Thirty years ago, as his stardom reached dramatic heights, Michael Jordan uttered a line that has stuck with him as a symbol of his reticence toward taking political stands.

"Republicans buy sneakers, too," Jordan said in 1990, in the midst of a politically contentious North Carolina Senate race.

The implication wasn't hard to parse: By choosing sides on an issue, Jordan risked jeopardizing the support, financial or otherwise, of those who disagreed with his stance.

It was striking then to see Jordan break from his own history Sunday to offer thoughts on last week's death of George Floyd in the custody of Minneapolis police and the ensuing protests demanding justice around the world.

"I am deeply saddened, truly pained and plain angry," Jordan said in a statement. "I stand with those who are calling out the ingrained racism and violence toward people of color in our country. We have had enough."

Jordan's comments were measured to be sure, but they are part of an overall sports response that seems to be changing in diversity and tone — as well, perhaps, as phosoph.

While speaking out a generation ago might have been deemed harmful to a brand, staying silent as a sports figure or team during a time of national crisis in 2020 can create an impression of being complacent at best and complicit at worst.

“We need to stand with the black community and fundamentally change how the leadership in this country has dealt with racism. I'm sorry it has taken this long, but I'm hopeful that we can change this NOW.”
Blake Wheeler, Winnipeg Jets captain and former Gophers star

That's not to say, though, that what's being said in the wake of Floyd's death is merely an attempt to placate fans — even if some statements from teams and leagues read that way.

More than a moment

The breadth and passion of comments — and in many cases, actions — from athletes of all colors suggest more of a movement than a mere moment across sports.

Among the many voices that registered as both authentic and perhaps unexpected included that of the NHL's Blake Wheeler — a Twin Cities native who posted an impassioned message that examined his own white privilege.

"We need to stand with the black community and fundamentally change how the leadership in this country has dealt with racism," the Winnipeg Jets forward wrote Saturday on Twitter. "I'm sorry it has taken this long, but I'm hopeful that we can change this NOW."

NASCAR driver Ty Dillon posted a similar message on Instagram, while retired baseball star Dale Murphy posed a series of tweets about his son being shot in the eye with a rubber bullet by police during a protest in Denver.

"If you're a beneficiary of systemic racism, then you will not be able to dismantle it at no cost to yourself," Murphy wrote. "You will have to put yourself at risk. It might not always result in being physically attacked, but it will require you to make yourself vulnerable."

Countless leagues and teams have offered statements, but the NBA's Washington Wizards late Sunday released what it called a unified statement from players that didn't mince words. "We will no longer tolerate the assassination of people of color in this country," it read in part, while also promising to take a stand against government leaders and law enforcement.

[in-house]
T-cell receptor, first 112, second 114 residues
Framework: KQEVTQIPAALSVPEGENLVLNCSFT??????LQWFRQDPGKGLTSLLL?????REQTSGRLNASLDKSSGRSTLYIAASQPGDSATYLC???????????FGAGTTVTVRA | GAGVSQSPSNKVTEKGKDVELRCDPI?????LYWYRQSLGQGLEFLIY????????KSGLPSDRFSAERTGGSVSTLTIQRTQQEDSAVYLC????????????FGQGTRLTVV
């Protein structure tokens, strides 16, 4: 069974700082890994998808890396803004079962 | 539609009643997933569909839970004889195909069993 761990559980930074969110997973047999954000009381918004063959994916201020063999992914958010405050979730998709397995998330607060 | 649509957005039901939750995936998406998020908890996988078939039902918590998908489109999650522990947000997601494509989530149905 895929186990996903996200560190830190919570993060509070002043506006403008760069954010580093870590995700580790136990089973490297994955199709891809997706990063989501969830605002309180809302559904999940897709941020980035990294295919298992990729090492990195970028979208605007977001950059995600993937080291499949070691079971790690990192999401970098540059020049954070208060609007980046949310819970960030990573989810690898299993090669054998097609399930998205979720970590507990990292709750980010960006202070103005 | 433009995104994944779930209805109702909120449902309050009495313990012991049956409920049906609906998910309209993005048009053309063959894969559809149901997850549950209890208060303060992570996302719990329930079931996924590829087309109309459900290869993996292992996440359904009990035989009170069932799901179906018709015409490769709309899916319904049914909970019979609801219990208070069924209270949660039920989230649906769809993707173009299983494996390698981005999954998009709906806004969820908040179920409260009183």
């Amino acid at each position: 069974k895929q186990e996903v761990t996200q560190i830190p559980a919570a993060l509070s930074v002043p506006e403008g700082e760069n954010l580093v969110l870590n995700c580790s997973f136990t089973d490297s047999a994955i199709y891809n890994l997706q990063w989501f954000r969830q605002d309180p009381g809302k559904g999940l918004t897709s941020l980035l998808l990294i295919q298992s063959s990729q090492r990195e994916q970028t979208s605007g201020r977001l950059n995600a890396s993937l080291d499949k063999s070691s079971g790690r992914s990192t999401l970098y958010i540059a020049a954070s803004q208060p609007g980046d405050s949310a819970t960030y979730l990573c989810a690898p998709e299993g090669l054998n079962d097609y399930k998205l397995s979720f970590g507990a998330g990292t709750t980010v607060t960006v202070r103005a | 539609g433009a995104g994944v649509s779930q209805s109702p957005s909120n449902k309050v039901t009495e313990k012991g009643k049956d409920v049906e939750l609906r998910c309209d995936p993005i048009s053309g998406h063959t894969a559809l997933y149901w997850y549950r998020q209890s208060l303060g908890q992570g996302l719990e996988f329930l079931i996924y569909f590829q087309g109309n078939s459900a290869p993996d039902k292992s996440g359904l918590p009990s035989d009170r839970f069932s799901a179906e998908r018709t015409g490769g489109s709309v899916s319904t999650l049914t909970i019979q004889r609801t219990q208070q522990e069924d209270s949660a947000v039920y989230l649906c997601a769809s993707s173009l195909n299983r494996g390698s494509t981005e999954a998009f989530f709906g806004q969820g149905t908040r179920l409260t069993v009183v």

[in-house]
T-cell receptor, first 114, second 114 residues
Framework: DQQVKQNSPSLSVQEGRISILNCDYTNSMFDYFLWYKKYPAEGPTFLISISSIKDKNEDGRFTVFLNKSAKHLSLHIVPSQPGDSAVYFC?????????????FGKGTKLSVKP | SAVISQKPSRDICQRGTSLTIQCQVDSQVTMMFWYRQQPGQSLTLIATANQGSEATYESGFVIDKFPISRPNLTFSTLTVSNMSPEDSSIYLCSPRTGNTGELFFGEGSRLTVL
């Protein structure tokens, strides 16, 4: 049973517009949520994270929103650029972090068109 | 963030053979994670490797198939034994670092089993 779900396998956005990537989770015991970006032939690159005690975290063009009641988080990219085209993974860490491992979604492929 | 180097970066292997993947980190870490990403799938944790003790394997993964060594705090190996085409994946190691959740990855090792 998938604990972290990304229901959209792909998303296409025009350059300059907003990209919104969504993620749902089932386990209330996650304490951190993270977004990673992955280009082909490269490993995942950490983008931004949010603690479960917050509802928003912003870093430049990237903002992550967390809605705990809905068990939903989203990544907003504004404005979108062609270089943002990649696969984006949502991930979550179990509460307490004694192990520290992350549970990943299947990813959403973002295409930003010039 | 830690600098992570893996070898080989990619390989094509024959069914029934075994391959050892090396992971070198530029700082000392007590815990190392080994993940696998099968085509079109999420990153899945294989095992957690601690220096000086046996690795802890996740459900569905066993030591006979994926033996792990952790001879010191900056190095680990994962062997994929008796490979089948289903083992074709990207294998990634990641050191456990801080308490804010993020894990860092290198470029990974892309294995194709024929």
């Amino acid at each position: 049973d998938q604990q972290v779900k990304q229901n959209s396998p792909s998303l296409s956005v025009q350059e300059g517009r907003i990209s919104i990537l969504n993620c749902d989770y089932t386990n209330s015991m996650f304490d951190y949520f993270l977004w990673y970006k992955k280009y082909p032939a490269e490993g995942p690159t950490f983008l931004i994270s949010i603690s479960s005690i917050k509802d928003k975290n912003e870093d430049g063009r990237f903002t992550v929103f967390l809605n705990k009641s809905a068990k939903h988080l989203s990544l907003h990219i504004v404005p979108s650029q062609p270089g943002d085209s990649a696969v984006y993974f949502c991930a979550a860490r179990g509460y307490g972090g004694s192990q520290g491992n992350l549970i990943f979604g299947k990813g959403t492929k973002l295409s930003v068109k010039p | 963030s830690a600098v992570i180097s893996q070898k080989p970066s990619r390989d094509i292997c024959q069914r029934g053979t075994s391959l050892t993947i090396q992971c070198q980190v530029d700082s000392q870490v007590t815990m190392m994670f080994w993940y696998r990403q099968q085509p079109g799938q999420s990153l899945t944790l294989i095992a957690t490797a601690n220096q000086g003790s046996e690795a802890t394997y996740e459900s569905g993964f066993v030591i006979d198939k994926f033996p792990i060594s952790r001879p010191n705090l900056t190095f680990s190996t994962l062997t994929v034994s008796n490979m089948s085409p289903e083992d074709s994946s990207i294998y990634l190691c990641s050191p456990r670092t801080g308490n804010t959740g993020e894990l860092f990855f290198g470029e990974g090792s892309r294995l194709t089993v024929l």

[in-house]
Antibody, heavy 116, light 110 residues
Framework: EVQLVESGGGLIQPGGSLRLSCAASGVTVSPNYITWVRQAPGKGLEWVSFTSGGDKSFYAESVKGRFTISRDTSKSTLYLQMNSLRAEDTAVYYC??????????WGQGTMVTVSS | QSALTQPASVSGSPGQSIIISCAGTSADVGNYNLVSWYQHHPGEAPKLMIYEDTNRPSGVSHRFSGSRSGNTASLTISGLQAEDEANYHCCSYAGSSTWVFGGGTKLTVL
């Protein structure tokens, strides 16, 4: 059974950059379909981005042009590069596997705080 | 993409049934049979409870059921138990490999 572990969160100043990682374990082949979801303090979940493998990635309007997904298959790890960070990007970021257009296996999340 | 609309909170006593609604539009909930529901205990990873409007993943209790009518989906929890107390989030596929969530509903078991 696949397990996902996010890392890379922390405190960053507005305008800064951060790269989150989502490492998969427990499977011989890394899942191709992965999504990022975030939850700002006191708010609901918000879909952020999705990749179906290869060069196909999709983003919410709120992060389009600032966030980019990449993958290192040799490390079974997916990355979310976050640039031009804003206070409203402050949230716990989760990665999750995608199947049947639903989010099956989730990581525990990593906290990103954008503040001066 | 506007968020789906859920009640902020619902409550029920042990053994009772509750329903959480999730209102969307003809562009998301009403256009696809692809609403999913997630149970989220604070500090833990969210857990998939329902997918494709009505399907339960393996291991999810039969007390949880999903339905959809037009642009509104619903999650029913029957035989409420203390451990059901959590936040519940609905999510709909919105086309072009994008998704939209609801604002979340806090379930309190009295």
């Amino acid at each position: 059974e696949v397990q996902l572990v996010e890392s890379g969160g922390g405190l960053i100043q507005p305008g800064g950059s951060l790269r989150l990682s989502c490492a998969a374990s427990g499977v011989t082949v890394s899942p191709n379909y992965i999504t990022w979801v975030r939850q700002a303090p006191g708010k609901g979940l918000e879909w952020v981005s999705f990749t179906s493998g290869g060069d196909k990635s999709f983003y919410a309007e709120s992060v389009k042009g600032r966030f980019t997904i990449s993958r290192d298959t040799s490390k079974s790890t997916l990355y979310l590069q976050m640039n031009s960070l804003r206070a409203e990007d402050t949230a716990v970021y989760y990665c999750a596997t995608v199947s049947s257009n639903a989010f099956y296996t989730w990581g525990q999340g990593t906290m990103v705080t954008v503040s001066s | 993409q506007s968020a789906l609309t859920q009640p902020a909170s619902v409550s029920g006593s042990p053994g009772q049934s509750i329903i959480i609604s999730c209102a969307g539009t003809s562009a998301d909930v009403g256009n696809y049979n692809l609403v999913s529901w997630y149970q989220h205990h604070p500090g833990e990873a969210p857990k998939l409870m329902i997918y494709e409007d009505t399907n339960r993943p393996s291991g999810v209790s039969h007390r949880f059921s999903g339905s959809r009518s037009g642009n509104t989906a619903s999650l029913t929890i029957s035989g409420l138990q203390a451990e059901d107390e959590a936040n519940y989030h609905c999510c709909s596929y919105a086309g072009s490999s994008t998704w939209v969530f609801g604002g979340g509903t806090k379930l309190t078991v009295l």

The Wizards statement ended: "We will no longer shut up and dribble," citing the phrase Fox News host Laura Ingraham used in a critique of LeBron James in 2018.

United they stand

Indeed, it seems more players are speaking out — with James looming large among them. He has been active on both Instagram and Twitter, where combined he has more than 110 million followers, in condemning violence and elevating images of peaceful protests.

Perhaps even more notably, several athletes not only have been active on social media but they have been in the thick of protests and activism themselves.

Former NBA player Stephen Jackson was in Minneapolis last week at a rally for social justice also attended by Timberwolves star Karl-Anthony Towns. Celtics players Enes Kanter and Jaylen Brown made long drives — one to Boston, one to Atlanta — to participate in protests.

"We stand with our players, employees, partners, and fans in being committed to championing the change we need," the Celtics said in a statement Sunday.

Activism in sports is nothing new, of course. But our expectation of it — and the comfort level of sports figures in engaging in it — is perhaps shifting.

Even recently, as part of the 10-part "The Last Dance" documentary, Jordan was asked about his role.

"I do commend Muhammad Ali for standing up for what he believed in. But I never thought of myself as an activist. I thought of myself as a basketball player," Jordan said. "I wasn't a politician when I was playing my sport. I was focused on my craft. Was that selfish? Probably. But that was my energy. That's where my energy was."

And now?

"Our unified voice needs to put pressure on our leaders to change our laws, or else we need to use our vote to create systemic change," Jordan said Sunday. "Every one of us needs to be part of the solution, and we must work together to ensure justice for all."